KHOF-TV PHOTO GALLERY
Here are some miscellaneous photographs and facts from the archives of KHOF-TV.
A view on a chilly morning of a snow capped Mount Baldy in the distance. This photo was taken just outside the transmitter building front door on Sunset Ridge. The elevation of Sunset Ridge is 5,400 feet above sea level and located just north of Claremont, California.
Mount Baldy, also known as Mount San Antonio, is to the north of Sunset Ridge and stands 10,068 feet above sea level.
Climbing a dirt forestry road was a challenge during times of snow, mud and slides. Access required using a 4-wheel drive vehicle. Above is the first vehicle used by the transmitter operators. Note the original call sign of KITR.
Bernie Marston adds this comment,”The picture of the Jeep was made in the back parking lot of my shop in So. Pasadena. I don't know why. I converted it to FWD in my back yard there with parts from Byron's old military jeep.”
The person in the center of the photo above is believed to be KHOF-TV engineer Fred Hoehn. The identity of the persons to his left and right remains unknown.
KHOF-TV engineer, Fred Hoehn, is doing some wiring on the transmitter. For the engineer types reading this you can click the picture above to see the control ladder schematic drawn by Bernie Marston.
The device on the stand is not a still, it is a “Filterplexer.” It combines the high power audio and video radiofrequency signals into one which is sent to the antenna. This area is in back of the transmitter. The filterplexer was charged with sulphur hexafluoride gas which gave it high power handling capability. The machinery behind the filterplexer stand is a heat-exchanger. While, again, not a still, it condenses the steam produced by the transmitter tubes back into water. Bernie Marston adds,”Grady Hughes, Faith Center board member, built the filterplexer and heat exchanger stands from my drawings in his metal shop in Glendale.”
A different shot shot of the filterplexer on the left and the front of the transmitter cabinets on the right. This is an earlier photo as the high power transmission lines connecting the transmitter to the filterplexer were not installed as seen on the left photo. The filterplexer “blew-up” in the early 70’s filling the transmitter room with burned and black Teflon soot. No worries, Tim Rote, the transmitter operator on duty quickly hit the transmitter off button and exited the building letting “the dust” settle. That was the end of the filterplexer. It was replaced by a less complicated combiner not requiring a gas charge.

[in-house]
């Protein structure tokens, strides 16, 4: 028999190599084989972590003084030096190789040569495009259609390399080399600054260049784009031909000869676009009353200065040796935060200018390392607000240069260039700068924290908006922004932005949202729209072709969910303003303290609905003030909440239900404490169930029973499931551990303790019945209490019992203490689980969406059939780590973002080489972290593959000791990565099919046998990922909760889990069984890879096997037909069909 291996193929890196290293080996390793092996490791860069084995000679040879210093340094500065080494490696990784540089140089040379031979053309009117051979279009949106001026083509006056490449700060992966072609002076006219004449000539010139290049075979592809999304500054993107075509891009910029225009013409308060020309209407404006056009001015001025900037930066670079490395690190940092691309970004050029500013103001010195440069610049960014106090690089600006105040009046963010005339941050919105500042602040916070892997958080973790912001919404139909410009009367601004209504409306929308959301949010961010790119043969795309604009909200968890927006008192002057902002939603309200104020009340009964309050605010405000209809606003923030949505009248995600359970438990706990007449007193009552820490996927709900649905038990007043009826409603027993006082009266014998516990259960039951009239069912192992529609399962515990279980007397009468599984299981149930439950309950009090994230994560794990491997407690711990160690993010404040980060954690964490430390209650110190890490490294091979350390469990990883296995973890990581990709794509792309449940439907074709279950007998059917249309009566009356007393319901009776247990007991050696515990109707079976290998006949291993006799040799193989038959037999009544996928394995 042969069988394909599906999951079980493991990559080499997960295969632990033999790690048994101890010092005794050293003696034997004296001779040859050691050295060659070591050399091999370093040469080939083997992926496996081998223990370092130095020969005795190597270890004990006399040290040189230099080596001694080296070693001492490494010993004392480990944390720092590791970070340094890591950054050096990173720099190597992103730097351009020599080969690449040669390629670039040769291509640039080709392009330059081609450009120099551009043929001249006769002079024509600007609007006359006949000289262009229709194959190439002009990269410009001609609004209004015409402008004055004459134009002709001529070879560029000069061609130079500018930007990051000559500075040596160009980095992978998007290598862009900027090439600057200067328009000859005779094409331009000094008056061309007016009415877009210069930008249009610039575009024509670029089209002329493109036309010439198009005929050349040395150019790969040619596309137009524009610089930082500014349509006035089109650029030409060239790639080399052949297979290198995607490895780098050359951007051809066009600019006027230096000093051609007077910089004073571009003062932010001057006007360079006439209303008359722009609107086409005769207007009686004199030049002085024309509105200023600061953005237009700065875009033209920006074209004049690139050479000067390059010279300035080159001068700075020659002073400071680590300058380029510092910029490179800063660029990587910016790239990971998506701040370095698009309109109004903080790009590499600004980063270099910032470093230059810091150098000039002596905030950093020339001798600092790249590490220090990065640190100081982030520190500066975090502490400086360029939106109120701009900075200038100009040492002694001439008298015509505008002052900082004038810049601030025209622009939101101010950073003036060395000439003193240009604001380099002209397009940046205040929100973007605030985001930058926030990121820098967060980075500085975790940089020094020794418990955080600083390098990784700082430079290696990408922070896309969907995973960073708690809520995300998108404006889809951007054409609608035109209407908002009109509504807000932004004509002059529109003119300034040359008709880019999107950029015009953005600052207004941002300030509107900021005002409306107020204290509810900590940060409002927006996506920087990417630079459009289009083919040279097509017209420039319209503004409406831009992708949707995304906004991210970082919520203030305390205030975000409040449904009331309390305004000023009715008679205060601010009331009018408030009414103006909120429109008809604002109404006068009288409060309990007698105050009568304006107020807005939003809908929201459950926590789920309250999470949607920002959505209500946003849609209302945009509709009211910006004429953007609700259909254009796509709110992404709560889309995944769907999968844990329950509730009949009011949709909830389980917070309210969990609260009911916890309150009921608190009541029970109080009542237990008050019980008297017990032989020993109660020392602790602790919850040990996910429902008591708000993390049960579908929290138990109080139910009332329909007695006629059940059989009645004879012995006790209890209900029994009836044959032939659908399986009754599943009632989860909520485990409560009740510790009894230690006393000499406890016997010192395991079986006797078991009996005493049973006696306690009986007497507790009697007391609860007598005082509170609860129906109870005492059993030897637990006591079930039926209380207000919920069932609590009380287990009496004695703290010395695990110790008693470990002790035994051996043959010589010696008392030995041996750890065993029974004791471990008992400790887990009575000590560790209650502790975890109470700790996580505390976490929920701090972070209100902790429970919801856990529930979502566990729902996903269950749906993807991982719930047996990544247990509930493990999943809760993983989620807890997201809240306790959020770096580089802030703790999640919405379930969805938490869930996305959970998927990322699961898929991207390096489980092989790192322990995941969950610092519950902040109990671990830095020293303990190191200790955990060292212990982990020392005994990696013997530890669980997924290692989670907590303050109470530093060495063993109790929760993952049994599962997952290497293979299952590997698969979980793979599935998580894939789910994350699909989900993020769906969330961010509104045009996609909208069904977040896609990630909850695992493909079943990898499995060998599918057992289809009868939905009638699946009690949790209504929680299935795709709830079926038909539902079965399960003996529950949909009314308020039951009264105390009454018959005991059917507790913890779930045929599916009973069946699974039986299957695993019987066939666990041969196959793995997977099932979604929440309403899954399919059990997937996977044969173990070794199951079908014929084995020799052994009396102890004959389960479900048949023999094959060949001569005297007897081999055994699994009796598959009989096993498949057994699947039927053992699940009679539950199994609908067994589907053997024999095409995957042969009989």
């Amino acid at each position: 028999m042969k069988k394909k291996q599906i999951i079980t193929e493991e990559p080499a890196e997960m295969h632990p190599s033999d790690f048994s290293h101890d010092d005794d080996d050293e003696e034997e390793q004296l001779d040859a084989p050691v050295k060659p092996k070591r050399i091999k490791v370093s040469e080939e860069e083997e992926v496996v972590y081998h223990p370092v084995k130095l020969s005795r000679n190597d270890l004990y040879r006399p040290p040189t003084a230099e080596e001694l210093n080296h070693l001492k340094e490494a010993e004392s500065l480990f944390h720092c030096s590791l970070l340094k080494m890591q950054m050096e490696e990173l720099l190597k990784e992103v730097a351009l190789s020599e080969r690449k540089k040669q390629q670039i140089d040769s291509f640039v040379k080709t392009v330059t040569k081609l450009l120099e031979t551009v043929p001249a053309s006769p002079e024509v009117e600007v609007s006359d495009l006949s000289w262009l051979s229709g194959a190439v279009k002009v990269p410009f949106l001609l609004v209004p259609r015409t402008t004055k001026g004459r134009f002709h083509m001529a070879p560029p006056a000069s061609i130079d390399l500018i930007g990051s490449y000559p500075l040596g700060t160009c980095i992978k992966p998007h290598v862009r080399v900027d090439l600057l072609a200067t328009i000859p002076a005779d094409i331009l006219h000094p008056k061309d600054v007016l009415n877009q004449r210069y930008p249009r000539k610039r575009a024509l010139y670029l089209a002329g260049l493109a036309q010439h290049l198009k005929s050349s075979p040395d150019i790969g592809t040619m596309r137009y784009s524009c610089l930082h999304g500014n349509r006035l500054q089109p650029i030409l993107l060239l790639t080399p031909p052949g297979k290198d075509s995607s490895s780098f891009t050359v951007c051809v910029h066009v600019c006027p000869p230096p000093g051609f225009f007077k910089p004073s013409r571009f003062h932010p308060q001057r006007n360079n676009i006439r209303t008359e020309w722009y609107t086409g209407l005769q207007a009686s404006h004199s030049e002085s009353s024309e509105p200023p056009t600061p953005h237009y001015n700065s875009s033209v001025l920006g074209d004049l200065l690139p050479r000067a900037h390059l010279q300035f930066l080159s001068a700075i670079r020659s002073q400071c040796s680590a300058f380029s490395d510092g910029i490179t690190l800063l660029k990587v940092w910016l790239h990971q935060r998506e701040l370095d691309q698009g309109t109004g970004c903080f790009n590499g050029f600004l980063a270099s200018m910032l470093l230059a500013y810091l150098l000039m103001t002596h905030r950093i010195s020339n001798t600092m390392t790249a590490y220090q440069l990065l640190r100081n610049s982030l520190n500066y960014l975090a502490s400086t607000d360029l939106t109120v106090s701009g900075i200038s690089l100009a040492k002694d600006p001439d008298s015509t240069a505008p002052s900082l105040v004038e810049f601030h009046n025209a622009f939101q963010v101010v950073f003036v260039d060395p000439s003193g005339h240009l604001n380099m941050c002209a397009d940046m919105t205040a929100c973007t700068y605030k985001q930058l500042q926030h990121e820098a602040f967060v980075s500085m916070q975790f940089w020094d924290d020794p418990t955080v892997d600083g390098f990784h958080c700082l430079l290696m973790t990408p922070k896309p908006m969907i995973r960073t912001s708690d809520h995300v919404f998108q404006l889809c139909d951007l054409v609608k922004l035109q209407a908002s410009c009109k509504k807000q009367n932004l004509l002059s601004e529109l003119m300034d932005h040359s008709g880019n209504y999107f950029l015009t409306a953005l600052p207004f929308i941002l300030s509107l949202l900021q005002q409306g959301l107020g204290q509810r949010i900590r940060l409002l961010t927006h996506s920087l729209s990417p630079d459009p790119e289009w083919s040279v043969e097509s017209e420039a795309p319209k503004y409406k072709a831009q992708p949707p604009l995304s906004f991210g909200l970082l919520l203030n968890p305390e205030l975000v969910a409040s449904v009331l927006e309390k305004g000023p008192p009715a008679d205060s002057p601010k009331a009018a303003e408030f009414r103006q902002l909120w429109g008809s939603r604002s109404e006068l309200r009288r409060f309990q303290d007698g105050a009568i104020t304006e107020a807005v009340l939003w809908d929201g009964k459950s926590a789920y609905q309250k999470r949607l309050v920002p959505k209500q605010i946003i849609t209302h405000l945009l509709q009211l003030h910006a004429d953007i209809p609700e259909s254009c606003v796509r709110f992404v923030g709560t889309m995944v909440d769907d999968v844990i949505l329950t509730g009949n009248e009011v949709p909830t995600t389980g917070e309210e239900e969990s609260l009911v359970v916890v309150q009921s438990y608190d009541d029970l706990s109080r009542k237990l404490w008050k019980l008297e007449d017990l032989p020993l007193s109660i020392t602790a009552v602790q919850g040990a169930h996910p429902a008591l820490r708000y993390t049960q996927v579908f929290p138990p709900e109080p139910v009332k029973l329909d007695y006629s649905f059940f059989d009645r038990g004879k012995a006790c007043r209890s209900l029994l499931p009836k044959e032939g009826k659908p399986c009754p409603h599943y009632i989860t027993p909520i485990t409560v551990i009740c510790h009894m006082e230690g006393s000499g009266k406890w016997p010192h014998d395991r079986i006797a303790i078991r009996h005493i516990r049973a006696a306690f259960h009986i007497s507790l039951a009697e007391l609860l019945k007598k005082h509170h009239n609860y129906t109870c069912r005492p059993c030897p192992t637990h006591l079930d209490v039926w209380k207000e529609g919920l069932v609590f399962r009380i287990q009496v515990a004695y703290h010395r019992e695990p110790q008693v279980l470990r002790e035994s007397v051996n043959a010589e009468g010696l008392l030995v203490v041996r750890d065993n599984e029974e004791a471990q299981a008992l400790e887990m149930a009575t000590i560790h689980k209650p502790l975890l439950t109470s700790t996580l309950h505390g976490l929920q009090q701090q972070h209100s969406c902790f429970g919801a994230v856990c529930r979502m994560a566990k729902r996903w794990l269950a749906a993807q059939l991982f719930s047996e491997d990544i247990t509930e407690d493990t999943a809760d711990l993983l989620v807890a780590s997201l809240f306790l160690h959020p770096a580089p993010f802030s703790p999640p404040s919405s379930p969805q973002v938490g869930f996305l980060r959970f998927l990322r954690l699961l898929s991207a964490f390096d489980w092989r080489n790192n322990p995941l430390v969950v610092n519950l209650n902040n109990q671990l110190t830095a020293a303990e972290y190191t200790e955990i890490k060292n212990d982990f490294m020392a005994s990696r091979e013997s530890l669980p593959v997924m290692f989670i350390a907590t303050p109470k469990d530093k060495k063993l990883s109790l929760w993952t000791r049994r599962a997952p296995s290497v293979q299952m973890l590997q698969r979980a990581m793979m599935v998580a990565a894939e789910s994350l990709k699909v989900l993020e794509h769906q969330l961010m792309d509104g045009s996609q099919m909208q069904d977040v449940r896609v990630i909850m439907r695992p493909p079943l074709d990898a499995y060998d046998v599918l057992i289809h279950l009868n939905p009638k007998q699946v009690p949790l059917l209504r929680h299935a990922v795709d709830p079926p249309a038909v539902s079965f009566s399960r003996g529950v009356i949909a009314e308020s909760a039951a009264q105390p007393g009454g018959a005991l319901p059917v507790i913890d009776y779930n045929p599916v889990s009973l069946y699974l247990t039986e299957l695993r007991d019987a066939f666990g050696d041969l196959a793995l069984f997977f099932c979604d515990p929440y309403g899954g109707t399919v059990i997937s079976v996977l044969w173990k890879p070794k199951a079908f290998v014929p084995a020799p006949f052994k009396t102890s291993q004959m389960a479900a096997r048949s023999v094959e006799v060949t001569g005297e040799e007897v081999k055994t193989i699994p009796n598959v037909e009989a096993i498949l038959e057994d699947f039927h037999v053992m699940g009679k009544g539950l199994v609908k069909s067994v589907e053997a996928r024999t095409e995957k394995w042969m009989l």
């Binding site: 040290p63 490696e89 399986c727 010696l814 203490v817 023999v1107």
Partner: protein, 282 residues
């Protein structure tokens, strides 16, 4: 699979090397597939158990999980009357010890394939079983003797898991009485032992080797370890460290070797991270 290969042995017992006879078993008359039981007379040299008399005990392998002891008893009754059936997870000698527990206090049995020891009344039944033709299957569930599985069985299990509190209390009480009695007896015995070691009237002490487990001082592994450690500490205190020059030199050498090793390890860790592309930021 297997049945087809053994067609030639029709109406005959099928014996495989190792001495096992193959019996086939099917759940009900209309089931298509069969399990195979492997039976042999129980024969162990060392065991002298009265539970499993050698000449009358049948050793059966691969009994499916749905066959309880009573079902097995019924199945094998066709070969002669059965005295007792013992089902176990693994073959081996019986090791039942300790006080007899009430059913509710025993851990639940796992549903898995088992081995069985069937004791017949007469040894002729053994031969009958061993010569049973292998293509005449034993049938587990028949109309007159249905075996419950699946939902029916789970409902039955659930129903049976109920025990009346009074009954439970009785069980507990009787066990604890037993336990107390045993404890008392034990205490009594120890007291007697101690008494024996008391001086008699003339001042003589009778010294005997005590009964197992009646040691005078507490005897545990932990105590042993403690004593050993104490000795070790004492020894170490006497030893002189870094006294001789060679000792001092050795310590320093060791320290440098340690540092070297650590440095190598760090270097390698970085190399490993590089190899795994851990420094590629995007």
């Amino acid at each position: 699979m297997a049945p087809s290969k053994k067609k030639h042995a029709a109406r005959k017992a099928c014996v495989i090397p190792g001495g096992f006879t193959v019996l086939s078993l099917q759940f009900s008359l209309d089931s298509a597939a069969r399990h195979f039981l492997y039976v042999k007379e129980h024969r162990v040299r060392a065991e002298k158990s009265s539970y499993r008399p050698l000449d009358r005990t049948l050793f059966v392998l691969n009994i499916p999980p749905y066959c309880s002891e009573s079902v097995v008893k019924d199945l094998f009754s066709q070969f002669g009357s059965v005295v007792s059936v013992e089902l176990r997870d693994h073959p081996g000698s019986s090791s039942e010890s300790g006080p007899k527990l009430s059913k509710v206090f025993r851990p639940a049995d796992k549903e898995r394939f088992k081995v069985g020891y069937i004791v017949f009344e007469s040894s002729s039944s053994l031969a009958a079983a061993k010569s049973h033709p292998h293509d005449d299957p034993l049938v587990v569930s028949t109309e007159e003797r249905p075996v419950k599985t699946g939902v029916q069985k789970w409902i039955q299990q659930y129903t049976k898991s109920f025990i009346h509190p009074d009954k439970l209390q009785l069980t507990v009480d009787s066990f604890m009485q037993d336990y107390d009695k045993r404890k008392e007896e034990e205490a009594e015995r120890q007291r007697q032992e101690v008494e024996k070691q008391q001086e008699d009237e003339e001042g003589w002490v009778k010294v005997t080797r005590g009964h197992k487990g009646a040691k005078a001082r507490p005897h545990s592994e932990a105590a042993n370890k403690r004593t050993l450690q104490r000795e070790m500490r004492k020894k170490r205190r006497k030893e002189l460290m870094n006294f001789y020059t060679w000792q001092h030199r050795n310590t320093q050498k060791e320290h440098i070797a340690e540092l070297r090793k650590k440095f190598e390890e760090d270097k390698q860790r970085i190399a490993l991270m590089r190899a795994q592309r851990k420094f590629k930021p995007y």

A front view of the transmitter. The red piece of equipment behind the glass is the klystron tube that creates the high power radiofrequency signal transmitted from the antenna. The visual tube is on the left and the aural tube is to the right. The control console used for switching what went on the air is partially seen on the right and in the foreground.
This was taken in back of the transmitter cabinets. The red poles in the foreground are the filterplexer stand. The visual klystron tube is in the distance on the right. The aural klystron is barely seen to the distant left. These tubes had 18,000 Volts applied to them to amplify the low-level radiofrequency signal of a few Watts to tens of thousands of Watts for transmission!
Another view of the transmitter cabinets with the control console on the right and in front of the transmitter.
Taken circa 1969, founder and Pastor of Faith Center, Rev. Ray Schoch, poses in front of the transmitter.
As mentioned earlier, the high-power aural and visual radiofrequency signals are combined into one line and sent up a tower to an antenna on top. You will notice that the tower structure is supported by the use of guy wires to keep it from collapsing. At the top of the tower is the KHOF-TV, Channel 30, transmitting antenna.
A new television station is constructed under an authorization issued by the FCC called a Construction Permit. Once construction is completed and equipment performance is verified, the FCC issues a license. This is a copy of the original KHOF-TV license. (Click the document above for an enlarged view)
A view of the 2” tape deck is on the left. The large 2” videotape reels were placed on the reel hubs (one is shown on the left on the deck top). The picture monitor is shown on the middle of the bridge above the deck. An audio speaker is on the right of the bridge and a waveform monitor used when adjusting video levels is on the left side of the bridge.
Here are two fully loaded equipment racks with all the support electronics needed to make the VTR operational. You can see in the picture the large number of vacuum tubes that were used.